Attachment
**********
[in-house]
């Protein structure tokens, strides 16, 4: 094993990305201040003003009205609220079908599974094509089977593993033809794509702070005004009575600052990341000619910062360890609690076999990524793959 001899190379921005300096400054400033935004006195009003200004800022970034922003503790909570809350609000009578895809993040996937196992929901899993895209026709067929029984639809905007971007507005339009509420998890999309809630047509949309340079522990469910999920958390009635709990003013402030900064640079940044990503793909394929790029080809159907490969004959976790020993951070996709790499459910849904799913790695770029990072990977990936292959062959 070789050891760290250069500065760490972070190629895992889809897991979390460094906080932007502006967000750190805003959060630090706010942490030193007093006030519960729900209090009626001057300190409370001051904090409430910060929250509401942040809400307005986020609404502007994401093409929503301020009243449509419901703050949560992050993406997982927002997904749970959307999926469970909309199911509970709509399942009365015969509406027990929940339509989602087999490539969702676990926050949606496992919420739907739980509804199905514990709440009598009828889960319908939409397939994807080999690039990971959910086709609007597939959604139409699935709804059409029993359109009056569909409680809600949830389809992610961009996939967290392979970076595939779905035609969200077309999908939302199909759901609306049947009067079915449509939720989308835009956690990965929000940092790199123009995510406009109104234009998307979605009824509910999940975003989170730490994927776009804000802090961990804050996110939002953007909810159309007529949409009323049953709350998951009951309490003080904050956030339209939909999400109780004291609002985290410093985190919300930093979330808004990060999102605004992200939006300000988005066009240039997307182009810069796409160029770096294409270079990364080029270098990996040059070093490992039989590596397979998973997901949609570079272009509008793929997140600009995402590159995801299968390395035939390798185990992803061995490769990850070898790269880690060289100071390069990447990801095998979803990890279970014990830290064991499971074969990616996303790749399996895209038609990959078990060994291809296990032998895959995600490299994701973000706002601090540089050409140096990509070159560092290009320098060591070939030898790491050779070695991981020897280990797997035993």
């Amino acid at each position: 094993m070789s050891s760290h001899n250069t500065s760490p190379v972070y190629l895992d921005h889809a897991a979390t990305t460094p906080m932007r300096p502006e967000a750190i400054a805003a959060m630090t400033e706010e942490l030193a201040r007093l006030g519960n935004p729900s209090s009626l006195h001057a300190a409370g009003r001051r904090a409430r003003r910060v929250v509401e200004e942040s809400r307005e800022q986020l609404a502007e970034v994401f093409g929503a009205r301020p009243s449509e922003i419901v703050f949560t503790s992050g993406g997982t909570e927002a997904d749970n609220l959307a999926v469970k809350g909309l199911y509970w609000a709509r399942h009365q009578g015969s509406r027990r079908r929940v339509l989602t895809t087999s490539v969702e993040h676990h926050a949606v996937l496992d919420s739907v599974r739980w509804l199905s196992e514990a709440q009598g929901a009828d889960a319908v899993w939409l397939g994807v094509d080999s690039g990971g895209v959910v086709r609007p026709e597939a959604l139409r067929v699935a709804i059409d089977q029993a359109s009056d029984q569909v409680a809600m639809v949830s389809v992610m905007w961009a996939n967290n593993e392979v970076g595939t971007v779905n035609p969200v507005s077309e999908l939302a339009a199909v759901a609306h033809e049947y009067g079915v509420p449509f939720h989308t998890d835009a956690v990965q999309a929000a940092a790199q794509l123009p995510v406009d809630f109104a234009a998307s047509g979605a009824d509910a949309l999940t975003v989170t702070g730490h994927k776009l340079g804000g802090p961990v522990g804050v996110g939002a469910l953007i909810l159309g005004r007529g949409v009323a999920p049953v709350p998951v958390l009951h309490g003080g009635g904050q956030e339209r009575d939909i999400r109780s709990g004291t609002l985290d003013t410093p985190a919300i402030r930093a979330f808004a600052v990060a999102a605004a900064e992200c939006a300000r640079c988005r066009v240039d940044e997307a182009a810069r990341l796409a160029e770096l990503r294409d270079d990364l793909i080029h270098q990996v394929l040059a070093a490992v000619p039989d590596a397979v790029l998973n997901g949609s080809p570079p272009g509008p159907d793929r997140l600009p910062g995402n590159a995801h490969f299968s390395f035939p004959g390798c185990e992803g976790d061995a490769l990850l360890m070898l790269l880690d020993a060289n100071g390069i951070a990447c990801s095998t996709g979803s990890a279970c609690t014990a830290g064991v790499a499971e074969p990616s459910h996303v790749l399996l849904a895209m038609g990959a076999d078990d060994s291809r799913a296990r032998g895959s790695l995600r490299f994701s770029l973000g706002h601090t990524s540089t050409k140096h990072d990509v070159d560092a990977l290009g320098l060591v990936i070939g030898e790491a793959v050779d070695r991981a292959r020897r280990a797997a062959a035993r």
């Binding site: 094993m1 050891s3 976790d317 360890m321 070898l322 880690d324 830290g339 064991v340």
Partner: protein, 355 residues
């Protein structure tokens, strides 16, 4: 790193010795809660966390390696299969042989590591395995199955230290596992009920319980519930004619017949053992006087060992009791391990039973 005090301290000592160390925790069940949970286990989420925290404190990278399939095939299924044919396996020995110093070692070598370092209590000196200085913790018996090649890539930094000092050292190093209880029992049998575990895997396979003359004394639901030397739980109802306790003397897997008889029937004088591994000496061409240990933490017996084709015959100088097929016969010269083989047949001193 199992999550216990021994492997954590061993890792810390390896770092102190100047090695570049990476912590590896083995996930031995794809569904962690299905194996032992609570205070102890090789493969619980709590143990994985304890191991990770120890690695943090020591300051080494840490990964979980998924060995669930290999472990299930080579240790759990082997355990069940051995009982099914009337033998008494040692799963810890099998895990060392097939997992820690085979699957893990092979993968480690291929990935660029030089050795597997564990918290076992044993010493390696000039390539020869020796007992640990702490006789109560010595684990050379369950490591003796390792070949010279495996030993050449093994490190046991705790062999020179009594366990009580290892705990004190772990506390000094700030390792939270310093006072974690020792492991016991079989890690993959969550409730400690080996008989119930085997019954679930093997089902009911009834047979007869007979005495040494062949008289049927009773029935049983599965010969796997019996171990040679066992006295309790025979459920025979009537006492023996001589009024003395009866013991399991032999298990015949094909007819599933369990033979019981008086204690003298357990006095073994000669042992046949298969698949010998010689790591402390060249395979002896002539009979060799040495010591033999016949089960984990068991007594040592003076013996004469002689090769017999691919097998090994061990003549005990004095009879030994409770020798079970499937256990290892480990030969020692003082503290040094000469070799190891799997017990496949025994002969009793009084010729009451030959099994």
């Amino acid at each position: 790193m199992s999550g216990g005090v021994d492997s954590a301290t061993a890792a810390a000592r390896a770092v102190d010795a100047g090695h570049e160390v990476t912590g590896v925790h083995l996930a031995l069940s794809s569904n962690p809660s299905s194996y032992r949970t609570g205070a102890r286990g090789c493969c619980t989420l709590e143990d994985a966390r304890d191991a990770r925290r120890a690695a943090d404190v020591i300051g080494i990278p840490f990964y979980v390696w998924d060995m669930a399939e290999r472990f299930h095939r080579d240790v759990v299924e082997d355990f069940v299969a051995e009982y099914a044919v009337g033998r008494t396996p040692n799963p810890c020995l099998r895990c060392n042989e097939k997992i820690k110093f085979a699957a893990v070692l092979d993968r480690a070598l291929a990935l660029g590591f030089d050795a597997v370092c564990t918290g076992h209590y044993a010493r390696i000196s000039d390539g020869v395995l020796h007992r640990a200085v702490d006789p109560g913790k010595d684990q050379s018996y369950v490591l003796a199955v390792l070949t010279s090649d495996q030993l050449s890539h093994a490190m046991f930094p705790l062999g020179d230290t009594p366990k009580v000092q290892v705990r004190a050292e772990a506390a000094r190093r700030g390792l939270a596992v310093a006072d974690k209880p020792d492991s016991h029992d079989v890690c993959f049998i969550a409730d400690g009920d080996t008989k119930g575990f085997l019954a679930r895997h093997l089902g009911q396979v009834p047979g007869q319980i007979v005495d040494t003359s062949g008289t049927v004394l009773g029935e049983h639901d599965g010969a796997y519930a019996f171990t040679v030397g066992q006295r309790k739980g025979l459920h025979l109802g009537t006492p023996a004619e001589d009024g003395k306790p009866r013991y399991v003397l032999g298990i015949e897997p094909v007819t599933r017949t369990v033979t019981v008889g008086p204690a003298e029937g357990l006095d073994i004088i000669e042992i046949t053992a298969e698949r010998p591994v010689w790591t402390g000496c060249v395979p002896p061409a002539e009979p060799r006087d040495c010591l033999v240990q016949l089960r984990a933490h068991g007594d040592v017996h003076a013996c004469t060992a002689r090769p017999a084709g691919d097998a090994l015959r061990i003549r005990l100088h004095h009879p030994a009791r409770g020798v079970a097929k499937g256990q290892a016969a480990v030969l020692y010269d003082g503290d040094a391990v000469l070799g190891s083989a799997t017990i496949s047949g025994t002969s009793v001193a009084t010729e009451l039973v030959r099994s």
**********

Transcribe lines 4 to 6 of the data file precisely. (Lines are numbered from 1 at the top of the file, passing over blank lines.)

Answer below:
């Binding site: 094993m1 050891s3 976790d317 360890m321 070898l322 880690d324 830290g339 064991v340």
Partner: protein, 355 residues
């Protein structure tokens, strides 16, 4: 790193010795809660966390390696299969042989590591395995199955230290596992009920319980519930004619017949053992006087060992009791391990039973 005090301290000592160390925790069940949970286990989420925290404190990278399939095939299924044919396996020995110093070692070598370092209590000196200085913790018996090649890539930094000092050292190093209880029992049998575990895997396979003359004394639901030397739980109802306790003397897997008889029937004088591994000496061409240990933490017996084709015959100088097929016969010269083989047949001193 199992999550216990021994492997954590061993890792810390390896770092102190100047090695570049990476912590590896083995996930031995794809569904962690299905194996032992609570205070102890090789493969619980709590143990994985304890191991990770120890690695943090020591300051080494840490990964979980998924060995669930290999472990299930080579240790759990082997355990069940051995009982099914009337033998008494040692799963810890099998895990060392097939997992820690085979699957893990092979993968480690291929990935660029030089050795597997564990918290076992044993010493390696000039390539020869020796007992640990702490006789109560010595684990050379369950490591003796390792070949010279495996030993050449093994490190046991705790062999020179009594366990009580290892705990004190772990506390000094700030390792939270310093006072974690020792492991016991079989890690993959969550409730400690080996008989119930085997019954679930093997089902009911009834047979007869007979005495040494062949008289049927009773029935049983599965010969796997019996171990040679066992006295309790025979459920025979009537006492023996001589009024003395009866013991399991032999298990015949094909007819599933369990033979019981008086204690003298357990006095073994000669042992046949298969698949010998010689790591402390060249395979002896002539009979060799040495010591033999016949089960984990068991007594040592003076013996004469002689090769017999691919097998090994061990003549005990004095009879030994409770020798079970499937256990290892480990030969020692003082503290040094000469070799190891799997017990496949025994002969009793009084010729009451030959099994």